Transgender swimmer at Yale loses after switching from women's to men's team

Yale University swimmer Iszac Henig wrote a recent op-ed in The New York Times describing her experience competing as a man, in which she is ‘not as successful’ as she was ‘on the women’s team.’

When Henig still competed on the women’s team, she defeated transgender swimmer Lia Thomas in the 100-yard and 400-yard freestyle races.

Yale University senior Iszac Henig, a transgender male, wrote a recent op-ed in The New York Times describing her winning track record on the women’s team and her losing one on the men’s. 

Henig, who joined the men’s team after transitioning with “a new name and pronouns and a double mastectomy,” wrote, “I wasn’t the slowest guy in any of my events, but I’m not as successful in the sport as I was on the women’s team.”

Competing and being challenged is the best part,” she continued. “It’s a different kind of fulfillment. And it’s pretty great to feel comfortable in the locker room every day.”

[RELATED: ‘Everything is messed up’: Lia Thomas takes first place at meet. Parents, students struggle to speak out over transgender athletes.]

While discussing her experience on the women’s team, Henig said, “I ended up having the best swim season of my life that year on the women’s team and went mostly undefeated. I won my first individual Ivy League title in the 50 free and, at my first N.C.A.A. championship meet, placed fifth in the 100 free, earning All-America honors.”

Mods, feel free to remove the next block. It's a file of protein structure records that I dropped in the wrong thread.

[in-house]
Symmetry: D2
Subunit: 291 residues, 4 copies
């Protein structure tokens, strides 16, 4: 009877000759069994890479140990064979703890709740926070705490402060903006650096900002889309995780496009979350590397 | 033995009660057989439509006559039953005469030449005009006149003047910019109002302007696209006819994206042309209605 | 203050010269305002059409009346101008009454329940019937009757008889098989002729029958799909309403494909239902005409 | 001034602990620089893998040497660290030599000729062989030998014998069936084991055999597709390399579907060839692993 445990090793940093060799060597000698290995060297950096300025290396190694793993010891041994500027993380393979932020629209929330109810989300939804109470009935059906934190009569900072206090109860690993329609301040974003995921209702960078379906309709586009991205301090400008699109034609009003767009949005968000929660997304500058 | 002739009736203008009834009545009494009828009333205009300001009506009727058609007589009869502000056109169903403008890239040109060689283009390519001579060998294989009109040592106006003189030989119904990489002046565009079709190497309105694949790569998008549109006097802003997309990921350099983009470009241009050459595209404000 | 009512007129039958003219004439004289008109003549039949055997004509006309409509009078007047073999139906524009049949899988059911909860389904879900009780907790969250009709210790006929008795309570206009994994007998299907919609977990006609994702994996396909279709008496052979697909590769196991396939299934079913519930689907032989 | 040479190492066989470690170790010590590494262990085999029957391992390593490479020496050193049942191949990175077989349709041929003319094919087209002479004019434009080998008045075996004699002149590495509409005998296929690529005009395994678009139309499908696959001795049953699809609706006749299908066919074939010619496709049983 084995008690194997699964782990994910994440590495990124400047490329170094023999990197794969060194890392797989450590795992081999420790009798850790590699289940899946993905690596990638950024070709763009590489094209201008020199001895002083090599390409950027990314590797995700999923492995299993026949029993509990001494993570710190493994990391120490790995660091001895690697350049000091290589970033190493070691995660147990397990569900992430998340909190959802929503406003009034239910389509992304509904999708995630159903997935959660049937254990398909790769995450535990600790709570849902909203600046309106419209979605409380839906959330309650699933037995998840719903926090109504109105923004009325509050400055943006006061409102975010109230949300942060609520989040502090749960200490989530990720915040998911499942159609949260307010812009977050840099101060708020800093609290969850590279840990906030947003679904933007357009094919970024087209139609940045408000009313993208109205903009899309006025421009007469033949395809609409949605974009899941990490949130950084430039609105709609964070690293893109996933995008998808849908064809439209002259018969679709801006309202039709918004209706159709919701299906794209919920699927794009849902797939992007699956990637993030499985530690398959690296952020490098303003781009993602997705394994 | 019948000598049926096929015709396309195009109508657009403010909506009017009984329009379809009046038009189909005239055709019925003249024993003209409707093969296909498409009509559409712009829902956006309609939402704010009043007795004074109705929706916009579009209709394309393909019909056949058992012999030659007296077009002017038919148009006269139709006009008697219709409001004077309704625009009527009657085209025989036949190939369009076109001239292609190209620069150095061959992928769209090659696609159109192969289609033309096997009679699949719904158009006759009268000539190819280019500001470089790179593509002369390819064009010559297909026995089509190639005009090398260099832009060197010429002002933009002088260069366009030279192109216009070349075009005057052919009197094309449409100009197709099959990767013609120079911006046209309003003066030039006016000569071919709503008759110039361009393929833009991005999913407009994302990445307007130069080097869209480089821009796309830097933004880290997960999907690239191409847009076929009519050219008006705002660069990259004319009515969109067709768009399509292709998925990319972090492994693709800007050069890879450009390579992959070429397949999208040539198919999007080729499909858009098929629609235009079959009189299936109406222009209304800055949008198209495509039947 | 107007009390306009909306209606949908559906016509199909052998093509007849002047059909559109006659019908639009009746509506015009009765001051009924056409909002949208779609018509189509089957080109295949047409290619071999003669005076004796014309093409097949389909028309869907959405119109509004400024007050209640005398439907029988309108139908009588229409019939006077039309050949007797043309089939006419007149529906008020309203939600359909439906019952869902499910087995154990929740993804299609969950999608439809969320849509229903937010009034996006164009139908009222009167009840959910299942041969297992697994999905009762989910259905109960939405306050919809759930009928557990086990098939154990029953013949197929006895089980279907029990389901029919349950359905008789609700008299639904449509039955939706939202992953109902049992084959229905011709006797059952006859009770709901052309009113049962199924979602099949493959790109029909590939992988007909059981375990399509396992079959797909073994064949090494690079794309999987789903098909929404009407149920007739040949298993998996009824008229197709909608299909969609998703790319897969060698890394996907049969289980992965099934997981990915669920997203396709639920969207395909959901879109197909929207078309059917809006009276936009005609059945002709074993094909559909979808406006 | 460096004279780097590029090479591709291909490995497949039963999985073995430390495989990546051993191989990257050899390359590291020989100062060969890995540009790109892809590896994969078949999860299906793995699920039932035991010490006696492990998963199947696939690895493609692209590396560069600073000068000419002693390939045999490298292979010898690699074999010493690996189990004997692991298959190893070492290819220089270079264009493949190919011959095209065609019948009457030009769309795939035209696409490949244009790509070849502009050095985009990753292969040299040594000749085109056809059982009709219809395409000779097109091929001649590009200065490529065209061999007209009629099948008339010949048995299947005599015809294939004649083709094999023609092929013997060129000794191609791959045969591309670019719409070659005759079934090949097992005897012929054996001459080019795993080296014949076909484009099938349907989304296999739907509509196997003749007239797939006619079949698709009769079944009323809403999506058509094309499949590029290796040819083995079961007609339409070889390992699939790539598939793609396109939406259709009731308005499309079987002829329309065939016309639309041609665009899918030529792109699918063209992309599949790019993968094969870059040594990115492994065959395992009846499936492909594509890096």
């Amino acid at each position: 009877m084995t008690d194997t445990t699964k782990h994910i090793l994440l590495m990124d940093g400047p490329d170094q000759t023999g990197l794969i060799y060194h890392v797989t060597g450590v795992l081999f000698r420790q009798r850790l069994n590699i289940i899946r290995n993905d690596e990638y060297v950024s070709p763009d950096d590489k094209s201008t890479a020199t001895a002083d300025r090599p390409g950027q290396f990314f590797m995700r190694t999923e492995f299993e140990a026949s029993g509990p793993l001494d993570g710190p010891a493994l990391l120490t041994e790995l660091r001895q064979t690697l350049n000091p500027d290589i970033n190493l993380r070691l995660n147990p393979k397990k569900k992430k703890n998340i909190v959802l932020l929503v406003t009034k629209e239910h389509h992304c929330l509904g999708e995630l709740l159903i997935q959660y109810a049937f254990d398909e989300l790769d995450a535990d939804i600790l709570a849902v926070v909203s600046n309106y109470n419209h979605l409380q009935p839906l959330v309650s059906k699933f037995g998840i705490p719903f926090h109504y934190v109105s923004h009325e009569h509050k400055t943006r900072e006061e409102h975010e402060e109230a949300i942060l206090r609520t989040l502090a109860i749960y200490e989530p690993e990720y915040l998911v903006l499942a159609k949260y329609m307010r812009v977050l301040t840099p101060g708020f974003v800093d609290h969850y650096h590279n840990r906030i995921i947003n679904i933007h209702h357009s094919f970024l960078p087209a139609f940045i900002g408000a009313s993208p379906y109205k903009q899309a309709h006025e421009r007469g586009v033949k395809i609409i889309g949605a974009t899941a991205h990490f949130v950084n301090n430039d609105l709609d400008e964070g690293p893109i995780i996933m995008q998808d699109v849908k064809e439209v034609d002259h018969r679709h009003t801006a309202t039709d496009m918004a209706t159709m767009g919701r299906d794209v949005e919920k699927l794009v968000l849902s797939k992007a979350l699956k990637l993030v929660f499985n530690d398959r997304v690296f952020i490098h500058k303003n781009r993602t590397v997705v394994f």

When Henig still competed on the women’s team, she defeated Lia Thomas. Thomas, as Campus Reform has reported, received criticism for joining NCAA Women’s Swimming after transitioning from male to female and winning with record-setting swim times in the process. 

Henig beat Thomas in the women’s 100-yard and 400-yard freestyle races, according to The Daily Mail

[RELATED: REPORT: Biological men do not belong in womens’ sports]

Henig wrote about the difficulty deciding between staying on the women’s team while “existing as a man” and joining the men’s team as a less competitive collegiate swimmer. 

“The ‘let’s go, ladies!’ cheers, the sign saying ‘WOMEN’ as I entered the locker room, a slipped pronoun here and there and the itching wrongness of the women’s swimsuit I wore to race: They added up,” Henig said. 

Campus Reform contacted Yale, Henig, and Thomas for comment. This article will be updated accordingly.